Progress in technology over the years has meant that wider applications for the use of ball clay have been found. Coupled with this, manufacturers also have the knowledge to lay down the precise characteristics they require from clays. These factors, together with the increased demand from abroad, have necessitated dramatic changes in both winning and processing the clay. The quarries are totally mechanised, using hydraulic excavators. Different characteristics of clays can be blended together through shredding, drying, and pulverising processes.
Drift mines, which followed the particular stratum of clay to be extracted, replaced the vertical shaft method of mining in the late 1950s. These mines were sunk into the ground following the angle of dip. Clay was brought to the surface in trucks hauled by a winch. In 1999 the last underground mine closed ending a tradition of mining in the village that had lasted some two hundred years.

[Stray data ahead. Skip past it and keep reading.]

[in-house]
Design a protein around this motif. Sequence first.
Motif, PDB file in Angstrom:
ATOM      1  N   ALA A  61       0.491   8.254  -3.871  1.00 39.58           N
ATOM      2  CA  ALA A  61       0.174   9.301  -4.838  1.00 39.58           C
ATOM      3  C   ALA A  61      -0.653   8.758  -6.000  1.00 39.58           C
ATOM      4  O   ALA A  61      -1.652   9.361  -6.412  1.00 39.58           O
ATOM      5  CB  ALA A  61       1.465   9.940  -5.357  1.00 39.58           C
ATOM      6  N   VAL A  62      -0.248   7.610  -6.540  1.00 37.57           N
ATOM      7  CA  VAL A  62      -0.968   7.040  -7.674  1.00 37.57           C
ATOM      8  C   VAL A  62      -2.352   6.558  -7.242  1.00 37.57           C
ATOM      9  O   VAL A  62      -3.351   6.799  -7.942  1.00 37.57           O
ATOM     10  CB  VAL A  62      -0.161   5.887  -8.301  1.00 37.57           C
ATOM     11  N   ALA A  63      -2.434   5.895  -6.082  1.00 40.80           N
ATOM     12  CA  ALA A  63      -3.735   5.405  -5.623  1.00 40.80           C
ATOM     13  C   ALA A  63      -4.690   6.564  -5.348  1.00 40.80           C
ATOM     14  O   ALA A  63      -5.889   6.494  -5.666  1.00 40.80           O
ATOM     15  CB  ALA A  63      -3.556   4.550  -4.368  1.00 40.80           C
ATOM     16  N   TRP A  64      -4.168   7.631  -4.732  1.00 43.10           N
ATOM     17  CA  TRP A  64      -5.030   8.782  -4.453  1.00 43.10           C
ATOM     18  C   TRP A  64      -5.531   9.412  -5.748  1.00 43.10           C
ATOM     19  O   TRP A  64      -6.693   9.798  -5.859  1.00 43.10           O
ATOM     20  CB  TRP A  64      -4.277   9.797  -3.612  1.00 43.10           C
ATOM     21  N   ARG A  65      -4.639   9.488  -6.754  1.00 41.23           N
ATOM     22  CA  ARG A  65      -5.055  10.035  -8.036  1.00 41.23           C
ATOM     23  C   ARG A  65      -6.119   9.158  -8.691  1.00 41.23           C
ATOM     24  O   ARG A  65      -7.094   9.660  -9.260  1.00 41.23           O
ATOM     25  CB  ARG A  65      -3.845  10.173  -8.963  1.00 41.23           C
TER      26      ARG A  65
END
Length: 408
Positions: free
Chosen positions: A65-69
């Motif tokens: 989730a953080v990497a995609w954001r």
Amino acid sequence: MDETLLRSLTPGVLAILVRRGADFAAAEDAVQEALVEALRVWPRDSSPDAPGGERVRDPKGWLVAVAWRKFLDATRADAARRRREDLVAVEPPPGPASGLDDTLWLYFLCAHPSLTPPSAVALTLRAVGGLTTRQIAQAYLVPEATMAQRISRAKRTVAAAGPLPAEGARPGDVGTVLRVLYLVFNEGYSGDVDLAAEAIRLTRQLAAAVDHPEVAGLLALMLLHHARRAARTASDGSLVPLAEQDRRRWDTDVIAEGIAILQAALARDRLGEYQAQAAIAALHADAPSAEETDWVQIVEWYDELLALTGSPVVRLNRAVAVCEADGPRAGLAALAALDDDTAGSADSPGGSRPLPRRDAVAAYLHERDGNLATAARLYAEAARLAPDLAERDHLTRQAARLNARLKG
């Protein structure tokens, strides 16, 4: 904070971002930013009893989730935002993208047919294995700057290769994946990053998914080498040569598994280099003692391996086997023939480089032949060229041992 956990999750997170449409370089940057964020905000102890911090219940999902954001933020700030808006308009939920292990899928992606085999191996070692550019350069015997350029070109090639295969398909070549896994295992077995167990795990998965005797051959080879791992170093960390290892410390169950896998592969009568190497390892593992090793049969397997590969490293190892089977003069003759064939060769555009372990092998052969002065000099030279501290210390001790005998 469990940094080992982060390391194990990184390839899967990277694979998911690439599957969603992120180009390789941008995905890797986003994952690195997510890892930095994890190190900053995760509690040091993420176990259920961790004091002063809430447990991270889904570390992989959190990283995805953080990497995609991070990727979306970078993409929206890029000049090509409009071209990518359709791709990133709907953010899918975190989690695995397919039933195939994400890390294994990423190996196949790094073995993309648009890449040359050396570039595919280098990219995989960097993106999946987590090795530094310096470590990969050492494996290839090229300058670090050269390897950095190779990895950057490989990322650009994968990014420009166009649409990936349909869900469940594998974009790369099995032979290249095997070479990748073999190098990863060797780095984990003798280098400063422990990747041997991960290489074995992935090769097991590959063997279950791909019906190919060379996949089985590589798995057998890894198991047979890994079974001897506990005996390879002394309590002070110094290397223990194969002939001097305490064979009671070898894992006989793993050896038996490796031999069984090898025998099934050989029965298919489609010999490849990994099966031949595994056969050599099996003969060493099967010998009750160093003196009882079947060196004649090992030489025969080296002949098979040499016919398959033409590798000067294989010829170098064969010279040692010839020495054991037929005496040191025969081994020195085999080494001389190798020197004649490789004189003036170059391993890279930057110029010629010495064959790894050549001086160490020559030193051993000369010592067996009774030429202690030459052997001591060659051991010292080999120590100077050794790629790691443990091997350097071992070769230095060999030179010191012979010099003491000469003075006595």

The clay carts, loaded with "balls" have long disappeared from the village streets. Today clay is transported in nylon woven sacks or moisture resistant paper sacks loaded on pallets for easier handling. The introduction of these modern techniques has allowed production to keep pace with demand and the Preston Manor Works now produces some 500,000 tons. Today ball clay is exported to over 70 countries throughout the world and the Kingsteignton deposits are one of Devon's major sources of foreign exchange.